D'awww. He's just so cute and I just wanna make him perform and then throw him in a cage...wait...

D’awww. He’s just so cute and I just wanna make him perform and then throw him in a cage…wait…

This idea, never came to be. In fact, many of the side characters planned for this version of the story were eventually dropped, leaving us with the central story of a bear who escapes from the circus to live free and then meets the love of his life who he must fight for and learn the bear ways in order to win.

Not all bears in the wild play nice. And let's face it, with that outfit, Bongo is sort of asking for it.

Not all bears in the wild play nice. And let’s face it, with that outfit, Bongo is sort of asking for it.

Bongo is very cute and a fun little story but I have my concerns. Alright, let’s just get this out of the way, because we have to talk about the slapping song. For those of you who have not seen the film, the series of events plays out as follows. Bongo falls for a girl bear, Lulubelle but she slaps him, and seeing this as a sign of dislike, as one normally would, he leaves her behind to be courted to by the seemingly much older than her, mean-faced Lumpjaw. That’s right, there is a bear named Lumpjaw and he lives up to his name.

Lulubelle is sort of a tease.

Lulubelle is sort of a tease.

Bongo then goes off into the woods, sad, and happens to overhear a song sung by the bears about how bears like to say “I love you” by slapping each other. I’ve attached a video of the song below so you can really take it in.

WHAT?! That was my initial reaction. I’m sorry but this whole song just creeps me out. It’s a song about hitting our loved one’s and there’s a whole part where the male bear is looming over the female and then tosses her around before slapping her. And sure, the females do plenty of slapping but this whole segment reeks of domestic abuse. I’m torn here because I think from a purely childlike perspective, the song is really cute and the bears dancing in a line is adorable. However, from an adult perspective, the implications of this segment and what it’s teaching kids are just too concerning to ignore. “Don’t worry if Daddy hits Mommy, that’s how we say I love you.”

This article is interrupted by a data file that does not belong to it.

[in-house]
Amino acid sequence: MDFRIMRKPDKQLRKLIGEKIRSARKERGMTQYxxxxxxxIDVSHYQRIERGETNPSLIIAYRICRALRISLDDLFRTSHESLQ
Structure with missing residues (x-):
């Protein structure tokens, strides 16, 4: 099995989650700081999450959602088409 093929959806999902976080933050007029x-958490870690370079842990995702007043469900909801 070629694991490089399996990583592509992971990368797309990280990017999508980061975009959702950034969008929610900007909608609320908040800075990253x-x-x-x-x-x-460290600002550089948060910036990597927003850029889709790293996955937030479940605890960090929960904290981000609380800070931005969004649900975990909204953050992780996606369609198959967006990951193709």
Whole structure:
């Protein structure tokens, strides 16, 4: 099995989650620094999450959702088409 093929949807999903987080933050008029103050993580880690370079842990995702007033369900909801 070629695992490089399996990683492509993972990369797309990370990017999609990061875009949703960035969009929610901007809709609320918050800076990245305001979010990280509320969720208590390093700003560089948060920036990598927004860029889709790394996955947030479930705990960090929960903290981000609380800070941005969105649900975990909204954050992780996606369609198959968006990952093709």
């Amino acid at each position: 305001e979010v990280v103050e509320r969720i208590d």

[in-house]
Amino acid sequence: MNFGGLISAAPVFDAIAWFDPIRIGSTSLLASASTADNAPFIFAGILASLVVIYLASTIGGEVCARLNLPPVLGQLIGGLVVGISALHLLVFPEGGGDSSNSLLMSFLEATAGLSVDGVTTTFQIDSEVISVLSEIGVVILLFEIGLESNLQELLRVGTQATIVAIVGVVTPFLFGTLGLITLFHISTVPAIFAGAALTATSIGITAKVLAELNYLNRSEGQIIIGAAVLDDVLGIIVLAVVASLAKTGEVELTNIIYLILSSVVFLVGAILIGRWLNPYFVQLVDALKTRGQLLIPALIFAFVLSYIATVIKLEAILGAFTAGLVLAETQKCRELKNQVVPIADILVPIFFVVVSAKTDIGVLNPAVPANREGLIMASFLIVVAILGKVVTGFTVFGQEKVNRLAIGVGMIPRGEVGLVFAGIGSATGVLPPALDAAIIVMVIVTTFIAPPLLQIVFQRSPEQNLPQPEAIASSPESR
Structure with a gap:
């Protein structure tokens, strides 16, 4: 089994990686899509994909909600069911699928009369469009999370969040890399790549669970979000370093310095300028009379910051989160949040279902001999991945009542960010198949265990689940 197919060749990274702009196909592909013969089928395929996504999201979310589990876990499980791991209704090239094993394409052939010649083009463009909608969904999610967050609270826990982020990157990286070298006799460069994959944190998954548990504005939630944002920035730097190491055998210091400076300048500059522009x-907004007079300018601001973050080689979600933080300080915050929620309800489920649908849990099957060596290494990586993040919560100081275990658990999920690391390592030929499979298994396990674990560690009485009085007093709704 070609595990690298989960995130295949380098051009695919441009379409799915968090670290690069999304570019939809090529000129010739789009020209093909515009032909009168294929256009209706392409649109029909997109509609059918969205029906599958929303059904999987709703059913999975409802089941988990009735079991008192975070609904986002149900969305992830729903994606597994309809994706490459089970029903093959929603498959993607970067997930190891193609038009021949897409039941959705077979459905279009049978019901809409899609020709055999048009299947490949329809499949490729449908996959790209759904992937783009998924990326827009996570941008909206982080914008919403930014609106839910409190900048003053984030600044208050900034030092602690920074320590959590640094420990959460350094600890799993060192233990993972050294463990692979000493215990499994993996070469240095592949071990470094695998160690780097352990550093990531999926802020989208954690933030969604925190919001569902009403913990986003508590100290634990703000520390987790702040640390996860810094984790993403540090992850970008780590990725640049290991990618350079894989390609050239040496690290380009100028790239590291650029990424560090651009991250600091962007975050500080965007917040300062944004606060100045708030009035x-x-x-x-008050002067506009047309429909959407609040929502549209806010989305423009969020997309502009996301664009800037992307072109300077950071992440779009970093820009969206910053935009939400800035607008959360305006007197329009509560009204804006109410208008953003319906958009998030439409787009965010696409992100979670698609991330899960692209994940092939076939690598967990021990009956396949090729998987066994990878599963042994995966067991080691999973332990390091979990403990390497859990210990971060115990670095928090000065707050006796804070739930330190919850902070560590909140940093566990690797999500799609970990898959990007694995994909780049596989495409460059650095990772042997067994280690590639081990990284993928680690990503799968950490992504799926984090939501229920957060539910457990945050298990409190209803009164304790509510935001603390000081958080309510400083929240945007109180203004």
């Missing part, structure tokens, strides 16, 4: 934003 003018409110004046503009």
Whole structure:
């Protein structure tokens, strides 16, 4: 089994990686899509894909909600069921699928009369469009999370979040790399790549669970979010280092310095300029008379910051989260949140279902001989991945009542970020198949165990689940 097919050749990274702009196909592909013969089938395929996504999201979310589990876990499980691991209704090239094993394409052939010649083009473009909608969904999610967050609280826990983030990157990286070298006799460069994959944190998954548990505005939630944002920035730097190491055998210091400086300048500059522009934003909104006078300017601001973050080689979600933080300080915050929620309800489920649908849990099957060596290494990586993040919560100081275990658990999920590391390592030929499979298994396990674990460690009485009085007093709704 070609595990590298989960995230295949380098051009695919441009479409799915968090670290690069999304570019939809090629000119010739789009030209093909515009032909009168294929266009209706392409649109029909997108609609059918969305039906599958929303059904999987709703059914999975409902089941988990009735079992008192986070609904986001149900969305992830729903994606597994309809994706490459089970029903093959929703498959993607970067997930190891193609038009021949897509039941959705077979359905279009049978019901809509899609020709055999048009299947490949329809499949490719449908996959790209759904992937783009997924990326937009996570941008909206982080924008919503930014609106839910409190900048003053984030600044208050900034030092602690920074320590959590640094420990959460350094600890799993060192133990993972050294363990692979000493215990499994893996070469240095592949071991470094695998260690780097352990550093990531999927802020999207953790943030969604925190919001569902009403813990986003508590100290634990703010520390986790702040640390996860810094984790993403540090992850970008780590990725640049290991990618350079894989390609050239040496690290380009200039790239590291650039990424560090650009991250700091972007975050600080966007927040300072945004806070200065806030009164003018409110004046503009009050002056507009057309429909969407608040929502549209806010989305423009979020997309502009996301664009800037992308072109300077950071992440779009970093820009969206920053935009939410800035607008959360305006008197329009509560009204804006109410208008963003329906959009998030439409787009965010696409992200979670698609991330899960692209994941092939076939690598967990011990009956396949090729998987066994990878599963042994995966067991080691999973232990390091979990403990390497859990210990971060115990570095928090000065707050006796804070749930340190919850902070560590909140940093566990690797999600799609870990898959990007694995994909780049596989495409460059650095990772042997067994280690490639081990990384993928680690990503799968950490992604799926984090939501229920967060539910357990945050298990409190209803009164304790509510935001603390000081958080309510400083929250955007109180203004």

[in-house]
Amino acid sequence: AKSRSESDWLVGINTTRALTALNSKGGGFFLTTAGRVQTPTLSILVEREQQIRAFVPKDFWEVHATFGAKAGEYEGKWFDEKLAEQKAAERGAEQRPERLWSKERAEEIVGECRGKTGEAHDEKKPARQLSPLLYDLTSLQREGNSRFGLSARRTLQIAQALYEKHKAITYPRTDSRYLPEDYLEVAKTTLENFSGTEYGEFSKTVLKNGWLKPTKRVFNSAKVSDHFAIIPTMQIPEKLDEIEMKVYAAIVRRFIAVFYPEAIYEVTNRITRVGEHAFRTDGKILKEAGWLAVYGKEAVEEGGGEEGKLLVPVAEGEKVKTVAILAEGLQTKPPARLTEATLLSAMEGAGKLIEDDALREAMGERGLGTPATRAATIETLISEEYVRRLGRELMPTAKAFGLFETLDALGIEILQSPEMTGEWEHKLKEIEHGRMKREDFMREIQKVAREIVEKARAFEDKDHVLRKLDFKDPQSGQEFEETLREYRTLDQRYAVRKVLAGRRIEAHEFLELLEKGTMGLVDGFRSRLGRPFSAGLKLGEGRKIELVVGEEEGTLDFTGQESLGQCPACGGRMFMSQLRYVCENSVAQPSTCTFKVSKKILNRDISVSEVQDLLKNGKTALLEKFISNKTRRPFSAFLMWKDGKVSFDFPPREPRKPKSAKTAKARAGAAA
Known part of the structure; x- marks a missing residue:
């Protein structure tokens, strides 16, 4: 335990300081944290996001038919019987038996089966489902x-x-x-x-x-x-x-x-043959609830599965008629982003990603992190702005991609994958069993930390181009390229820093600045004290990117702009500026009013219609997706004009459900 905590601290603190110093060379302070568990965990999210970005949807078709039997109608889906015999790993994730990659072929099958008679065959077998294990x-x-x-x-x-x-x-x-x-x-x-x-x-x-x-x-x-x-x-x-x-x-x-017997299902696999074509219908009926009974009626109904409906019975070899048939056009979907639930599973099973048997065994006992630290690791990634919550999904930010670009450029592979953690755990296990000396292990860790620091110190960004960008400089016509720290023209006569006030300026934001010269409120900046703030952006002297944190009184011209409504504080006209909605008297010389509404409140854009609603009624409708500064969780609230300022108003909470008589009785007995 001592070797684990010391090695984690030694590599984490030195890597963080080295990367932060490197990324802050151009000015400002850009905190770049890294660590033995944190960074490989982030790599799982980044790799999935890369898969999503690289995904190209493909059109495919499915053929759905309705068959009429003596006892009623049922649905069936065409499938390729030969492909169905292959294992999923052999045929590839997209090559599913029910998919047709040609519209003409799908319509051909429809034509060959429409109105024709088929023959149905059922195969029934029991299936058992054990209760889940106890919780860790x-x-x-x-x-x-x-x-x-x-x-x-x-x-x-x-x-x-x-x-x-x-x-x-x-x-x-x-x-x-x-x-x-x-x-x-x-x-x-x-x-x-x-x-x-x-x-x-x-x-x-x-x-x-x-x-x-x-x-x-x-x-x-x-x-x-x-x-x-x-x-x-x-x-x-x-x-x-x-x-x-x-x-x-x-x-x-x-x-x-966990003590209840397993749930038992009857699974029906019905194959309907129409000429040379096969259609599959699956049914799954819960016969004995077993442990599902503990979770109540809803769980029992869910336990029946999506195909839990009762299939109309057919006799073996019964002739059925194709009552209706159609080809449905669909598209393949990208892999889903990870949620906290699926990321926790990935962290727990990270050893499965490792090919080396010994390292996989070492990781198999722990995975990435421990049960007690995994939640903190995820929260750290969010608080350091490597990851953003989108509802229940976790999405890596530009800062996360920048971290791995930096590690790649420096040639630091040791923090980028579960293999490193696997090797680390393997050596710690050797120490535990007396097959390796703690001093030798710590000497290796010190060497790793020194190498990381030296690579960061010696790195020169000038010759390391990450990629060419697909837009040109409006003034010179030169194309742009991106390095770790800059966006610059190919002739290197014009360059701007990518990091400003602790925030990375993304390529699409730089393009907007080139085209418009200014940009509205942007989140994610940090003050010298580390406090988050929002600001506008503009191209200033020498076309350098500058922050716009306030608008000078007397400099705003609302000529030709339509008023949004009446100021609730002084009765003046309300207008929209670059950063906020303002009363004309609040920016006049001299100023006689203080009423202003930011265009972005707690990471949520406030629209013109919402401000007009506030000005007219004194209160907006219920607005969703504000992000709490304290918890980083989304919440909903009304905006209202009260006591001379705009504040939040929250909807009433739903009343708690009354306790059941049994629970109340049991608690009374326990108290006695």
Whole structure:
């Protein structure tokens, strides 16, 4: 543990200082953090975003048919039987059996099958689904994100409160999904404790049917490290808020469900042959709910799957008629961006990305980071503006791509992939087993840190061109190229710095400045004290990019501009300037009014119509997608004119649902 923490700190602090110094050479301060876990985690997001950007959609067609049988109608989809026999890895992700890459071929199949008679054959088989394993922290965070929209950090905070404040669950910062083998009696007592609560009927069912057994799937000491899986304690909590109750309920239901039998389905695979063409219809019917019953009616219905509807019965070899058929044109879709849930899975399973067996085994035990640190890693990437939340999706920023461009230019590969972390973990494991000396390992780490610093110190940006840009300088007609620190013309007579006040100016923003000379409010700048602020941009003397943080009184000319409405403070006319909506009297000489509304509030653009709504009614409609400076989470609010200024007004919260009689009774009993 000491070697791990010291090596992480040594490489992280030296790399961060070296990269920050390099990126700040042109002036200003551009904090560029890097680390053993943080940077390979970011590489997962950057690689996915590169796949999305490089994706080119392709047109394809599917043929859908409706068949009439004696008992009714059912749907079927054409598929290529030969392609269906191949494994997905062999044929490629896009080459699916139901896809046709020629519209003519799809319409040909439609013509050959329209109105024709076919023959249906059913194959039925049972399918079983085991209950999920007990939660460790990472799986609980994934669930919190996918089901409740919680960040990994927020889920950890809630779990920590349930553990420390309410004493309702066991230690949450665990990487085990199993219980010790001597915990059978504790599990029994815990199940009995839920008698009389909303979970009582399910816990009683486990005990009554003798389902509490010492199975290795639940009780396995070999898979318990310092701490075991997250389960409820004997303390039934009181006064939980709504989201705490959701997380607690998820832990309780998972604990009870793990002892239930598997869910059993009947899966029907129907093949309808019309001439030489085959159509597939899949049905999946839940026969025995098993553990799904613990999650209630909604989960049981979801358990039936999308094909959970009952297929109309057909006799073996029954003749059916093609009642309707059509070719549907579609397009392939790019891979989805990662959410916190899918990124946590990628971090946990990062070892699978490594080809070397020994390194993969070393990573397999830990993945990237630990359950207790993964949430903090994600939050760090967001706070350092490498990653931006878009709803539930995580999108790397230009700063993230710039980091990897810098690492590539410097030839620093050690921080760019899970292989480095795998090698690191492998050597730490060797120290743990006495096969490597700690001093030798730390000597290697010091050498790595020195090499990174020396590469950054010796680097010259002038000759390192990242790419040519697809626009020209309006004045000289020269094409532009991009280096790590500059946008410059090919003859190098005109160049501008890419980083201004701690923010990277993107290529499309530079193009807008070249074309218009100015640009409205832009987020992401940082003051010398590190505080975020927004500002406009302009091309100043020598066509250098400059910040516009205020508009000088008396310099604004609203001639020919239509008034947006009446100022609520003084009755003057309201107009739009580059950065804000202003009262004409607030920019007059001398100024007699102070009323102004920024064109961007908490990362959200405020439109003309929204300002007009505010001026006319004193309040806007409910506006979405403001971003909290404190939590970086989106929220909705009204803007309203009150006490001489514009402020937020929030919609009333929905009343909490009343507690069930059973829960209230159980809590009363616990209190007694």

Come and get your slap my lovely.

Come and get your slap my lovely.

Okay, let’s shake it off. Let’s calm down. ‘Bongo’ is very well animated and still very cute. I like everything but the implications of the bear slapping and if I can turn off the screaming voice in my head that tells me everything wrong with that song, I actually find it pretty catchy. Let’s just move on, shall we?  Bongo eventually fights off Lumpjaw and saves the day, getting the girl in the process, and then, of course, must slap her.  Yikes, I just…I can’t!

Early version of Chip and Dale look on as the bears beat other in the name of love.

Early version of Chip and Dale look on as the bears beat other in the name of love.

Let’s get back to Jiminy who decided to attend a party and when he shows up we see OH MY GOD WHAT IS THAT?!!?!?

The most terrifying party one could ever not hope to attend.

The most terrifying party one could ever not hope to attend.

Alright, aside from the fact that this might just be the most terrifying party anyone has ever walked in on, let’s examine the facts. Actors Edgar Bergen and Luana Patten were very popular at the time so before we worry about the live action actors setting around with dummy puppets Charlie McCarthy and Mortimer Snerd, we need to remember that fact. Before we even take into account that Luana’s parents are no where to be seen, considering it is her birthday, and the fact that Edgar’s strange hat makes him look ten times more like a creepy old man, we need to remember that people were probably excited to find out these two would be in the film together. Okay. Deep breaths. Let’s continue.

Mortimer has a hard time with thinkin' and stuff.

Mortimer has a hard time with thinkin’ and stuff.

Edgar tells us the story of Mickey and the Beanstalk, originally titled ‘The Legend of Happy Valley.’ This story stars Mickey, Donald and Goofy for the first time together in one of the Disney Canon films. This short was originally meant to be a full length movie but before that it almost didn’t happen at all. When Walt was pitched this tale, he loved the idea but said it would never happen as it “killed the characters.” Eventually though, after several tweaks and the fact that Mickey’s popularity was declining, he green lit the project.